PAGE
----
Marie Clapot and Rebecca McGinnis of the The Metropolitan Museum of Art along with Madison Zalopany of the Whitney Museum of American Art brought this conversation to LEAD this year and invited several artists and advocates from Austin's disability community to participate as speakers including Theron Parker, Gail Dalrymple, Nicole Cortichiato, Renee Lopez, Dolores Gonzalez, and myself. All together, a representative from nearly every contingent of the disability community was present: we had an artist with an invisible disability, a deaf artist, a parent of an adult child with multiple disabilities, several disability advocates, and others.

Sign with arrow directs attendees to the 2017 VSA Intersections and LEAD Conferences
(Photo courtesy of VSA)

The goal of this session was not to be prescriptive but rather engage in meaningful discussions about the language we choose to use around disability, the language we choose to describe ourselves, why we make those decisions, and how those decisions may influence or reflect the way we view or interact with people with disabilities on a broader scale. In no way can I capture the depth nor the full scope of our hour-and-twenty-minute long conversation, but what I can do is share what I personally learned through discussion with other speakers and attendees of the session:

1. While I may fiercely celebrate my identity as a disabled person and proudly use Identity-First Language when I can, calling myself "disabled" may not always be the clearest nor most effective language to use, and it need not enter the majority of my interactions with others. Telling a venue, museum, or other business that I am a "wheelchair user" and need "wheelchair access" cuts straight to the point; meanwhile, my identity is simply that – mine – and it's up to me when, where, and how I choose to share it.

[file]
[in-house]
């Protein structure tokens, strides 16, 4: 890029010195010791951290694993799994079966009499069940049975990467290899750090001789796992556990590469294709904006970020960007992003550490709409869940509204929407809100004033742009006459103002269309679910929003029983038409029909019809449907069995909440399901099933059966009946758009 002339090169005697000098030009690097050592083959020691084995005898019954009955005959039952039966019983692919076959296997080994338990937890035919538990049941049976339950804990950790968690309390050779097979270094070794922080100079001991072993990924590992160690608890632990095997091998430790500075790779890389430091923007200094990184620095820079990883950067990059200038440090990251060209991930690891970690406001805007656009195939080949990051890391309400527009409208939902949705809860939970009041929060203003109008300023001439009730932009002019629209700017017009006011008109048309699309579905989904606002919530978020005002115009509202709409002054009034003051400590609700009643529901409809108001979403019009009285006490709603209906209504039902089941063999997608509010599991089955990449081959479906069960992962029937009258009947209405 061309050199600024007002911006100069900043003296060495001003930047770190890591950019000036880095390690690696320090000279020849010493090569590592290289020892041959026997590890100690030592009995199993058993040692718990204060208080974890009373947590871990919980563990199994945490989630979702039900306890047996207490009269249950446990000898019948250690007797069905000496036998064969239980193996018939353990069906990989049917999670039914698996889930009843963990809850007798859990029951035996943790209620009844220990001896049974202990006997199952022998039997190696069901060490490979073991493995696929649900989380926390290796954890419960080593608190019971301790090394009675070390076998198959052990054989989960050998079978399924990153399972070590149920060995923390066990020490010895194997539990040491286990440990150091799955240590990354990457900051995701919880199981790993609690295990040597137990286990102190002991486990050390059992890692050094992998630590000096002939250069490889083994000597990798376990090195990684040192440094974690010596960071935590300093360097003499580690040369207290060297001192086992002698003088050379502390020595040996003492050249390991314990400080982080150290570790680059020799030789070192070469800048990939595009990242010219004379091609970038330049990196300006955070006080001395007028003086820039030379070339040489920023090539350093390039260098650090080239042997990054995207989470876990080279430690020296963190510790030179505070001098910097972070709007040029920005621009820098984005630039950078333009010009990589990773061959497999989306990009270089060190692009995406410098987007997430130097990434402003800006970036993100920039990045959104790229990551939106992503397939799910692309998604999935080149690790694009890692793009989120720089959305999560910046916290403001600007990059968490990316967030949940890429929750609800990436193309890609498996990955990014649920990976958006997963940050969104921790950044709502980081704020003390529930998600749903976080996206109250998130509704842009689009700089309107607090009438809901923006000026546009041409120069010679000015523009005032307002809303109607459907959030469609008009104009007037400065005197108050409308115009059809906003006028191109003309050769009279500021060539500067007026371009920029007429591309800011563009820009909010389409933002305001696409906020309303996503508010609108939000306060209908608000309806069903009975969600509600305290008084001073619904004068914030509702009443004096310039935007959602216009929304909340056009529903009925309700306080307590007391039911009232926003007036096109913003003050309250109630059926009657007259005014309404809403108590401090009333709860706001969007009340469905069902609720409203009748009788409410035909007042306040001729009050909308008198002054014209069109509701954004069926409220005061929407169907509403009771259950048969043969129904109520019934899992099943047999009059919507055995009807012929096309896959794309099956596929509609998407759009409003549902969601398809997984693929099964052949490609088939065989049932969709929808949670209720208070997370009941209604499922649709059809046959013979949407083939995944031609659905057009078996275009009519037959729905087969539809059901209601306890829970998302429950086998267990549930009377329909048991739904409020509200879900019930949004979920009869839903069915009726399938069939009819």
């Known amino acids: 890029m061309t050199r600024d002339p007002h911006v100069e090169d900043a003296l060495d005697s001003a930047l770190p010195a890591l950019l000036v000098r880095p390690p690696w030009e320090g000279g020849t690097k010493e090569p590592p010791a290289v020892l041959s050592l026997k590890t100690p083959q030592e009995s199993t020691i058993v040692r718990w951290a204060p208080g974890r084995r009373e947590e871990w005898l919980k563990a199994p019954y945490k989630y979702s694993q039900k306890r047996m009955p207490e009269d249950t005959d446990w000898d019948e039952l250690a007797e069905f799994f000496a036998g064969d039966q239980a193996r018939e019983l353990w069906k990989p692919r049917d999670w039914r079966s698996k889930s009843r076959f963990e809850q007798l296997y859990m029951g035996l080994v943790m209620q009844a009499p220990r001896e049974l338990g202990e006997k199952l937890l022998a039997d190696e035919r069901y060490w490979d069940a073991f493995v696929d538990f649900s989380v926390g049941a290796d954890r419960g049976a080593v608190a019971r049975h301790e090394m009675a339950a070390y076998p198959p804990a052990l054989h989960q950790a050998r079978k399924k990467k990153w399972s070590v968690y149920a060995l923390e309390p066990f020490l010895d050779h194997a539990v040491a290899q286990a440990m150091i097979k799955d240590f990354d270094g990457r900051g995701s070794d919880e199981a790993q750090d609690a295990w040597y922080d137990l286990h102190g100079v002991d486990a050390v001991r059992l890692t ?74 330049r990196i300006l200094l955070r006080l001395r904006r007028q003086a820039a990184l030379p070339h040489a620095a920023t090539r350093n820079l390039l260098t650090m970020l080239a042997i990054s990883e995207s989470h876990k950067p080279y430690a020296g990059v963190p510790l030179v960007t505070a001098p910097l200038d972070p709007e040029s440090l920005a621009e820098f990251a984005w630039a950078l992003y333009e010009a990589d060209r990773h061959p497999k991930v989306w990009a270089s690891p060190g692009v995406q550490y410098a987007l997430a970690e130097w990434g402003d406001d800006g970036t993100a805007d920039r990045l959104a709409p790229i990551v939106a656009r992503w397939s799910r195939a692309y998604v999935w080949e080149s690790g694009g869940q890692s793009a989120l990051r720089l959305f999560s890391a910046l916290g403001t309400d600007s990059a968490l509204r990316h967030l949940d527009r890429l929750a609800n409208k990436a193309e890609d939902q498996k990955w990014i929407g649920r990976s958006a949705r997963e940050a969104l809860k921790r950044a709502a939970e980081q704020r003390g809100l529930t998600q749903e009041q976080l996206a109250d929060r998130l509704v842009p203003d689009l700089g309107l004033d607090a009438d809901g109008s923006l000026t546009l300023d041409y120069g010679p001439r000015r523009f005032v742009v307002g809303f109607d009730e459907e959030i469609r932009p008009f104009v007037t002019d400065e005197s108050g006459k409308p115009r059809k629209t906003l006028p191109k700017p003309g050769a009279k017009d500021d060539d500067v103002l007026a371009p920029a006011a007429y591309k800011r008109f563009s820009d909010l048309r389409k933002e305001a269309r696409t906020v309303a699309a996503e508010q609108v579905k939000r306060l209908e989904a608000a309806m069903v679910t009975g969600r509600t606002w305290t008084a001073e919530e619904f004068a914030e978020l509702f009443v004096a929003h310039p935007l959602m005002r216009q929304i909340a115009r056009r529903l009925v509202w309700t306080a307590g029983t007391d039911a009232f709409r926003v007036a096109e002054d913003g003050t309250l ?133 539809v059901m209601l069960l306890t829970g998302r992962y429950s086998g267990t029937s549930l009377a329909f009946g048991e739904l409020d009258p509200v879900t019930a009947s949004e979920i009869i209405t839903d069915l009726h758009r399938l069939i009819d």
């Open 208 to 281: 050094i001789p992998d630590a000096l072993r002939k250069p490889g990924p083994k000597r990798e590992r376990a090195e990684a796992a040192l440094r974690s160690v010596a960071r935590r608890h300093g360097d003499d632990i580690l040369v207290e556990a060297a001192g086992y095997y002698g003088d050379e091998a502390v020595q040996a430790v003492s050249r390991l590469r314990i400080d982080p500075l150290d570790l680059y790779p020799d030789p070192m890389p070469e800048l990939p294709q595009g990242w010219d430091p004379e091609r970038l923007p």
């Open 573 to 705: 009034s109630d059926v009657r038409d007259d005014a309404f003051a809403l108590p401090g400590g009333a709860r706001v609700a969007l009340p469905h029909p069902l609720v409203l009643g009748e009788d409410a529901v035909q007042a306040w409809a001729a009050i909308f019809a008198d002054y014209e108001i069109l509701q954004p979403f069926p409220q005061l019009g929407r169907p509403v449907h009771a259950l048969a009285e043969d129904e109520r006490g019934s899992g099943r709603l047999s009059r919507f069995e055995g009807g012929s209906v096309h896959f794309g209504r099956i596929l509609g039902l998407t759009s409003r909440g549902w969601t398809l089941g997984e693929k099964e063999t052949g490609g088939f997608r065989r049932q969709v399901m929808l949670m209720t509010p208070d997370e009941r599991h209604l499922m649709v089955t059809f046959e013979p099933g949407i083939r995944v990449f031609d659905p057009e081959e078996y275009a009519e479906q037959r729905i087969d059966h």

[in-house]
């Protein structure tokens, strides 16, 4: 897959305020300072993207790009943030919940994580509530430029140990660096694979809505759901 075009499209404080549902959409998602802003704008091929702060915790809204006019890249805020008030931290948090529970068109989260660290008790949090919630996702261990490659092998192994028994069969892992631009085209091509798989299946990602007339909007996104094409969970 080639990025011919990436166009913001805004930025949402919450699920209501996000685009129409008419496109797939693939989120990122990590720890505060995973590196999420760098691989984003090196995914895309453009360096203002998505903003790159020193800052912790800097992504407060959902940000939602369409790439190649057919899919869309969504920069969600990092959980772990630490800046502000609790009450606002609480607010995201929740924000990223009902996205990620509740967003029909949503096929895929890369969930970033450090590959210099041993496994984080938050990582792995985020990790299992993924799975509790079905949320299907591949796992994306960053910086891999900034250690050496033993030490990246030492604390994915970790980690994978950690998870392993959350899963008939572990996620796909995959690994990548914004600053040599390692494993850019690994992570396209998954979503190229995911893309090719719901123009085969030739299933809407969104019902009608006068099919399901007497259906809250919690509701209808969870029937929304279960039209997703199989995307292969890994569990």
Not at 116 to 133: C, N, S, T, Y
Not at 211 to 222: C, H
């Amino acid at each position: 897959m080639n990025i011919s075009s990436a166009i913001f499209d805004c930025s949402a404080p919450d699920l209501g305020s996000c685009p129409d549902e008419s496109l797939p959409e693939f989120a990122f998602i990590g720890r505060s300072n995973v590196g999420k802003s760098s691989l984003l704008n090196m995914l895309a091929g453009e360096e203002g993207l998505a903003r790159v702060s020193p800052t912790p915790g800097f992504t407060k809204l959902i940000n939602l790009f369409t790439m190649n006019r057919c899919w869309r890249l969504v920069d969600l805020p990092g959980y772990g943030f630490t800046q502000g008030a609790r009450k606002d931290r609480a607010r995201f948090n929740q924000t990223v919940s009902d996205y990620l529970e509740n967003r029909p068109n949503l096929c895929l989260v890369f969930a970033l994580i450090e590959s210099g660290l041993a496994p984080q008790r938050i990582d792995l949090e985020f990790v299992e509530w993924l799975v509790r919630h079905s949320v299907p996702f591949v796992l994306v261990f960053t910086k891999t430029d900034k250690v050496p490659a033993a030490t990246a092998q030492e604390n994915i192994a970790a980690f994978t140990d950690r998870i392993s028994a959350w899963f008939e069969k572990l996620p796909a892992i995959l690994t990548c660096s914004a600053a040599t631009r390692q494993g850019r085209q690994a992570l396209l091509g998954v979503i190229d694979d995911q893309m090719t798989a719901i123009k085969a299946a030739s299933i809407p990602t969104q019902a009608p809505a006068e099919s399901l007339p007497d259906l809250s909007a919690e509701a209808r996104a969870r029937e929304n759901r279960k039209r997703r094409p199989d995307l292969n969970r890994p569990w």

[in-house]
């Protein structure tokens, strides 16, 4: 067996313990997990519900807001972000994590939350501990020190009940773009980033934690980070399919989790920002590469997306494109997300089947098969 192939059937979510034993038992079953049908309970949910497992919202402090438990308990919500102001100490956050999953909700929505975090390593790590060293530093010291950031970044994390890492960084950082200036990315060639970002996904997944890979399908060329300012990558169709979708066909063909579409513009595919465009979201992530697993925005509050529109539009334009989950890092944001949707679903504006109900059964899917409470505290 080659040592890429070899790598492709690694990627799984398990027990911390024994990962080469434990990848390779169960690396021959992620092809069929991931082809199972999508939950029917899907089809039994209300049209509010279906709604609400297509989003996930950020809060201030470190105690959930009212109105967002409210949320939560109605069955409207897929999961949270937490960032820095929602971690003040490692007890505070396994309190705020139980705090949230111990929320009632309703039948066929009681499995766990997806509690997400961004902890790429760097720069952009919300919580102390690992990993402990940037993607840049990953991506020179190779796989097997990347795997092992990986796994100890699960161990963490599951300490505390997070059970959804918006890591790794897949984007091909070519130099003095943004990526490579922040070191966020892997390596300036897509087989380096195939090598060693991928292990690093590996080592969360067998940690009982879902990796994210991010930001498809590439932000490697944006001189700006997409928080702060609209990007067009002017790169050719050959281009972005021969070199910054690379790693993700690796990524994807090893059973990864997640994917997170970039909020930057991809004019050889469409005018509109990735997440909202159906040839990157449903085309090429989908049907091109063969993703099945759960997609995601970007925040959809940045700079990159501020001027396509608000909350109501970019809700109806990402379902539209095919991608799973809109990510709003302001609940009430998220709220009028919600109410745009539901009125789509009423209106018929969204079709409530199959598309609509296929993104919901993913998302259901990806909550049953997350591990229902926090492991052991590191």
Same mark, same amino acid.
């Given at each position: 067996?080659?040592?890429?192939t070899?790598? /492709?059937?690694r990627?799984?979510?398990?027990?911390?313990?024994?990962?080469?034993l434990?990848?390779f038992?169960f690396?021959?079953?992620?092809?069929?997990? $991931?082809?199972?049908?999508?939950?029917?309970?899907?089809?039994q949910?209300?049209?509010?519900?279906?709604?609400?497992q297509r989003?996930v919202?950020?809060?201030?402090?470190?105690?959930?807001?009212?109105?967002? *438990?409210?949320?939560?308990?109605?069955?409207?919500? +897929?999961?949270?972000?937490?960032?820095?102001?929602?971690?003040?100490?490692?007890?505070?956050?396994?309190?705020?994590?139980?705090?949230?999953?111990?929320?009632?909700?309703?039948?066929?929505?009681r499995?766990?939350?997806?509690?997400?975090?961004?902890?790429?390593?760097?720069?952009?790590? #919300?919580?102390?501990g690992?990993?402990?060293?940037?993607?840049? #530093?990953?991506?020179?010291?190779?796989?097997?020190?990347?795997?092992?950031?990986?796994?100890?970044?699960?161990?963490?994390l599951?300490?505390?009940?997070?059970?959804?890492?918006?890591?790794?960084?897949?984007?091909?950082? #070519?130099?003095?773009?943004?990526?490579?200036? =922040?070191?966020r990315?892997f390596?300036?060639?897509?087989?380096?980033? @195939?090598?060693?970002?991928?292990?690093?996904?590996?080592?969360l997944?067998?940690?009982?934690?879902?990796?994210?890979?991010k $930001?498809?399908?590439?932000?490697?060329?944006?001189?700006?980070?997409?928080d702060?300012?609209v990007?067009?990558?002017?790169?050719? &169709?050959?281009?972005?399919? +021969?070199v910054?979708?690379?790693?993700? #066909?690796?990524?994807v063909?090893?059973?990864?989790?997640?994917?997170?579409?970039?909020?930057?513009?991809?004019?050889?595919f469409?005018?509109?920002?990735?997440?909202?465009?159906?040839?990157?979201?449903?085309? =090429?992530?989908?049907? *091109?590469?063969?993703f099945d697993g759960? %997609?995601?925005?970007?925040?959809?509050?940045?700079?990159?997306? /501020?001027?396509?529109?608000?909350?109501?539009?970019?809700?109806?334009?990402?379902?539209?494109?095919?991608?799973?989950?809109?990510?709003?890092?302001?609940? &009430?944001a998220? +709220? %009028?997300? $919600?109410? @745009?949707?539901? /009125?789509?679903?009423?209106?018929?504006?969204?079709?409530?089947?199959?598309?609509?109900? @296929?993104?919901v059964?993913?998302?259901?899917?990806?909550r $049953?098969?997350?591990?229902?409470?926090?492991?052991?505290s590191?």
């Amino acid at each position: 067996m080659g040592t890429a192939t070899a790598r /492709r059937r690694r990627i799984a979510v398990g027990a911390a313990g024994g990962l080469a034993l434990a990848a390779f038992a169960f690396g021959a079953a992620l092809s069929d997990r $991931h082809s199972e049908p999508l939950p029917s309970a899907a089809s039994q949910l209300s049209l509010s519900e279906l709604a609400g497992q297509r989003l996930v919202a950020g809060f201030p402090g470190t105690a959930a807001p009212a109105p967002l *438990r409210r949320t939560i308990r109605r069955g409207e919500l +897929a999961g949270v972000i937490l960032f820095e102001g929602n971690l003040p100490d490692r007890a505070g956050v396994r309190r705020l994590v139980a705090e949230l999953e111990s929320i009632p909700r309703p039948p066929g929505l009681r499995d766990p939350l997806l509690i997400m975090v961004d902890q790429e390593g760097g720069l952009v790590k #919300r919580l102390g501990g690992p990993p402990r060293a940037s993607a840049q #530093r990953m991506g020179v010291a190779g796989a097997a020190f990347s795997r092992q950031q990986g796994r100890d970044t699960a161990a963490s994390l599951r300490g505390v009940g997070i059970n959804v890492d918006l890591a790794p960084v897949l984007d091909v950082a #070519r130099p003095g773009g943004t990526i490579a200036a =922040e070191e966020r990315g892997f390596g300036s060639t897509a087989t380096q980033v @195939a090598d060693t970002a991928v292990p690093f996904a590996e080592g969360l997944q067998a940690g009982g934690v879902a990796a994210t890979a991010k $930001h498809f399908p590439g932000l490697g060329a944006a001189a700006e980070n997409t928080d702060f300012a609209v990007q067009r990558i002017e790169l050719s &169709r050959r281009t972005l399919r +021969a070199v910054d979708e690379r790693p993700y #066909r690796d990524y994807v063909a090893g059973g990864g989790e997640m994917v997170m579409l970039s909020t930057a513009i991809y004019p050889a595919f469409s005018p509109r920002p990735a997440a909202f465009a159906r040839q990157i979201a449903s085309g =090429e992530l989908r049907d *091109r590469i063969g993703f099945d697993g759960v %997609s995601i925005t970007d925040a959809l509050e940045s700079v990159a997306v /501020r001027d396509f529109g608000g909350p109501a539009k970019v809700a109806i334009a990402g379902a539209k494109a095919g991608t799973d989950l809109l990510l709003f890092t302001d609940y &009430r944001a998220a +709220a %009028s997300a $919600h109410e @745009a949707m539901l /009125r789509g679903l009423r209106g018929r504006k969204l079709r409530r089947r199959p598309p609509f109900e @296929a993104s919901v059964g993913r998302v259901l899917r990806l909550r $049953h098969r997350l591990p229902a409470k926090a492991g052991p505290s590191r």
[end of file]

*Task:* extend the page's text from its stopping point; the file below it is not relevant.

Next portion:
2. Language is fluid. In a given day, I might refer to myself as "disabled and proud," tell someone else I work with "people with disabilities," call a concert venue to ask if they are "wheelchair accessible," and spend an evening with friends and family where my disability isn't mentioned at all because frankly it isn't relevant or essential to everything I do. Eliminating all linguistic options for the sake of one isn't necessary, and it completely misses the point.

3. No one language fits all. The disability experience and the personal journey inherent in that experience exists on a vast spectrum and constantly fluctuates depending on our energy level, the kind of day we're having, or recent changes in our disability. While disability pride may be the ultimate goal, you can't force that on someone who isn't there yet or rush them through their own extremely personal journey. Respect them by using the language they prefer and move on.

4. Start with accommodations. Several people in the session discussed their difficulty assessing a client's disability without asking prying questions. One of the attendees suggested asking, "How may I assist you?" This seemed to be an optimal solution: start with offering assistance or asking if an accommodation is necessary; if one is needed, provide it. The reality is everyone needs an accommodation at some point, and it's not our place to ask why or demand a suitable reason.

5. Avoid euphemisms when possible. For many people with disabilities, euphemisms like "differently-able," "special needs," "physically-challenged," etc. sugarcoat something that doesn't need to be sugarcoated. We are comfortable with who we are, and we have adapted to our unique life experience. The word "disability" is not negative or painful for us to hear; in fact, it's the opposite: a source of pride, a badge of honor, a community we know and love.

6. At some point, the language you use will offend someone. It's inevitable, I'm afraid. Considering the multitude of people with disabilities, the countless different disabilities there are, and the myriad perspectives people have about the disability experience, it is simply impossible to always say the exact right thing. However, if you see a person as a person first, recognize that disability is a normal and natural part of life, not to be feared or pitied but embraced, and make strides to be as inclusive and accessible as possible, you are far less likely to offend someone. If, after all best intentions and care, you do offend somebody, acknowledge there are things you have yet to learn, apologize, and make a conscious effort to avoid repeating that mistake.

These six lessons are not exhaustive, but I hope they may prove a helpful guide to navigating the often uncertain waters of disability terminology. Please let me know if you have any other suggestions. Feel free to share your thoughts in the comments!